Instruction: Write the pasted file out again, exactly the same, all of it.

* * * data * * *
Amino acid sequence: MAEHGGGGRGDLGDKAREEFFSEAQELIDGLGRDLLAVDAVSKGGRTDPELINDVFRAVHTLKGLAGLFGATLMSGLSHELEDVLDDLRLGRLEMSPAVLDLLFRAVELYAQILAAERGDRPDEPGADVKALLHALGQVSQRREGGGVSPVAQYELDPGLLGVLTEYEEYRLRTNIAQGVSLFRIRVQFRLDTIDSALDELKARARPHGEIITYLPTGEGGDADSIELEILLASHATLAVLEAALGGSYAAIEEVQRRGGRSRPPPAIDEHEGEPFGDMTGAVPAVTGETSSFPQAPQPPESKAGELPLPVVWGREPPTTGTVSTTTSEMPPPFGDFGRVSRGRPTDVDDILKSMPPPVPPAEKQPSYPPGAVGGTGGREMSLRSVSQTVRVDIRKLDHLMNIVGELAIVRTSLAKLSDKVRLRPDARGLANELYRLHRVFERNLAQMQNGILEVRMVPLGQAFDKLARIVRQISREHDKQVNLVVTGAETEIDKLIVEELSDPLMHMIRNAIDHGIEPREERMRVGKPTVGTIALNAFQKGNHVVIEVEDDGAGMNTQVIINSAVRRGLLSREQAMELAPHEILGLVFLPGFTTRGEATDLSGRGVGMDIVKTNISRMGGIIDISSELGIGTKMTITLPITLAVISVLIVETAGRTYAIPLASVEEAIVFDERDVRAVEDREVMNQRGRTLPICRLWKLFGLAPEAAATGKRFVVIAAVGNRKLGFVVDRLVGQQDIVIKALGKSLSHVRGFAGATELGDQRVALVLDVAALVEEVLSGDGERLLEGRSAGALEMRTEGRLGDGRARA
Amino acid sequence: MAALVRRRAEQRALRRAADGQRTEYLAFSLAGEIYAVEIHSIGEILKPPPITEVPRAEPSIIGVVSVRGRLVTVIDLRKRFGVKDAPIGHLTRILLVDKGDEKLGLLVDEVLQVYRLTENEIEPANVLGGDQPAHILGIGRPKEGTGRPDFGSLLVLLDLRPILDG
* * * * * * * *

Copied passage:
Amino acid sequence: MAEHGGGGRGDLGDKAREEFFSEAQELIDGLGRDLLAVDAVSKGGRTDPELINDVFRAVHTLKGLAGLFGATLMSGLSHELEDVLDDLRLGRLEMSPAVLDLLFRAVELYAQILAAERGDRPDEPGADVKALLHALGQVSQRREGGGVSPVAQYELDPGLLGVLTEYEEYRLRTNIAQGVSLFRIRVQFRLDTIDSALDELKARARPHGEIITYLPTGEGGDADSIELEILLASHATLAVLEAALGGSYAAIEEVQRRGGRSRPPPAIDEHEGEPFGDMTGAVPAVTGETSSFPQAPQPPESKAGELPLPVVWGREPPTTGTVSTTTSEMPPPFGDFGRVSRGRPTDVDDILKSMPPPVPPAEKQPSYPPGAVGGTGGREMSLRSVSQTVRVDIRKLDHLMNIVGELAIVRTSLAKLSDKVRLRPDARGLANELYRLHRVFERNLAQMQNGILEVRMVPLGQAFDKLARIVRQISREHDKQVNLVVTGAETEIDKLIVEELSDPLMHMIRNAIDHGIEPREERMRVGKPTVGTIALNAFQKGNHVVIEVEDDGAGMNTQVIINSAVRRGLLSREQAMELAPHEILGLVFLPGFTTRGEATDLSGRGVGMDIVKTNISRMGGIIDISSELGIGTKMTITLPITLAVISVLIVETAGRTYAIPLASVEEAIVFDERDVRAVEDREVMNQRGRTLPICRLWKLFGLAPEAAATGKRFVVIAAVGNRKLGFVVDRLVGQQDIVIKALGKSLSHVRGFAGATELGDQRVALVLDVAALVEEVLSGDGERLLEGRSAGALEMRTEGRLGDGRARA
Amino acid sequence: MAALVRRRAEQRALRRAADGQRTEYLAFSLAGEIYAVEIHSIGEILKPPPITEVPRAEPSIIGVVSVRGRLVTVIDLRKRFGVKDAPIGHLTRILLVDKGDEKLGLLVDEVLQVYRLTENEIEPANVLGGDQPAHILGIGRPKEGTGRPDFGSLLVLLDLRPILDG